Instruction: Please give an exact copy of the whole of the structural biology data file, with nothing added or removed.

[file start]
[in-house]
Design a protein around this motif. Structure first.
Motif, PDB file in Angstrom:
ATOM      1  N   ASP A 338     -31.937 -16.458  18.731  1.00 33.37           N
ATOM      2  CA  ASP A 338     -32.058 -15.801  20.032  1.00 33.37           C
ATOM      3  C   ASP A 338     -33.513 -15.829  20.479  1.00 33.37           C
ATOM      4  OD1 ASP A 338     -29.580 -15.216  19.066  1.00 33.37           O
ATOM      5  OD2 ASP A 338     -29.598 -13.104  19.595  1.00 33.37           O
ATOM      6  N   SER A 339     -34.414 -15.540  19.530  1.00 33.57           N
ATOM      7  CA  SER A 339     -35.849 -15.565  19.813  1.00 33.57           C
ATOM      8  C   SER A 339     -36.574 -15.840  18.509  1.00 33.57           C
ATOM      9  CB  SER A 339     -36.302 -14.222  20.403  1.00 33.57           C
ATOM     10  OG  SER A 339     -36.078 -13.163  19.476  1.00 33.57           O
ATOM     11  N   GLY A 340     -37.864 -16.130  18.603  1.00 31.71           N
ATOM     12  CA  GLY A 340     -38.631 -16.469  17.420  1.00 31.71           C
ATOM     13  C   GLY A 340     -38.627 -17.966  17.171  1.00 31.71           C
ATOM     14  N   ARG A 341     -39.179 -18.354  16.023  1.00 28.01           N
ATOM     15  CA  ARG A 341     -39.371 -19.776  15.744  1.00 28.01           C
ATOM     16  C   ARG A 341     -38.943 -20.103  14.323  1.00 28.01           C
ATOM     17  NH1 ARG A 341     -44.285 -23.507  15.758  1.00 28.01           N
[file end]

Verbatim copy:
[in-house]
Design a protein around this motif. Structure first.
Motif, PDB file in Angstrom:
ATOM      1  N   ASP A 338     -31.937 -16.458  18.731  1.00 33.37           N
ATOM      2  CA  ASP A 338     -32.058 -15.801  20.032  1.00 33.37           C
ATOM      3  C   ASP A 338     -33.513 -15.829  20.479  1.00 33.37           C
ATOM      4  OD1 ASP A 338     -29.580 -15.216  19.066  1.00 33.37           O
ATOM      5  OD2 ASP A 338     -29.598 -13.104  19.595  1.00 33.37           O
ATOM      6  N   SER A 339     -34.414 -15.540  19.530  1.00 33.57           N
ATOM      7  CA  SER A 339     -35.849 -15.565  19.813  1.00 33.57           C
ATOM      8  C   SER A 339     -36.574 -15.840  18.509  1.00 33.57           C
ATOM      9  CB  SER A 339     -36.302 -14.222  20.403  1.00 33.57           C
ATOM     10  OG  SER A 339     -36.078 -13.163  19.476  1.00 33.57           O
ATOM     11  N   GLY A 340     -37.864 -16.130  18.603  1.00 31.71           N
ATOM     12  CA  GLY A 340     -38.631 -16.469  17.420  1.00 31.71           C
ATOM     13  C   GLY A 340     -38.627 -17.966  17.171  1.00 31.71           C
ATOM     14  N   ARG A 341     -39.179 -18.354  16.023  1.00 28.01           N
ATOM     15  CA  ARG A 341     -39.371 -19.776  15.744  1.00 28.01           C
ATOM     16  C   ARG A 341     -38.943 -20.103  14.323  1.00 28.01           C
ATOM     17  NH1 ARG A 341     -44.285 -23.507  15.758  1.00 28.01           N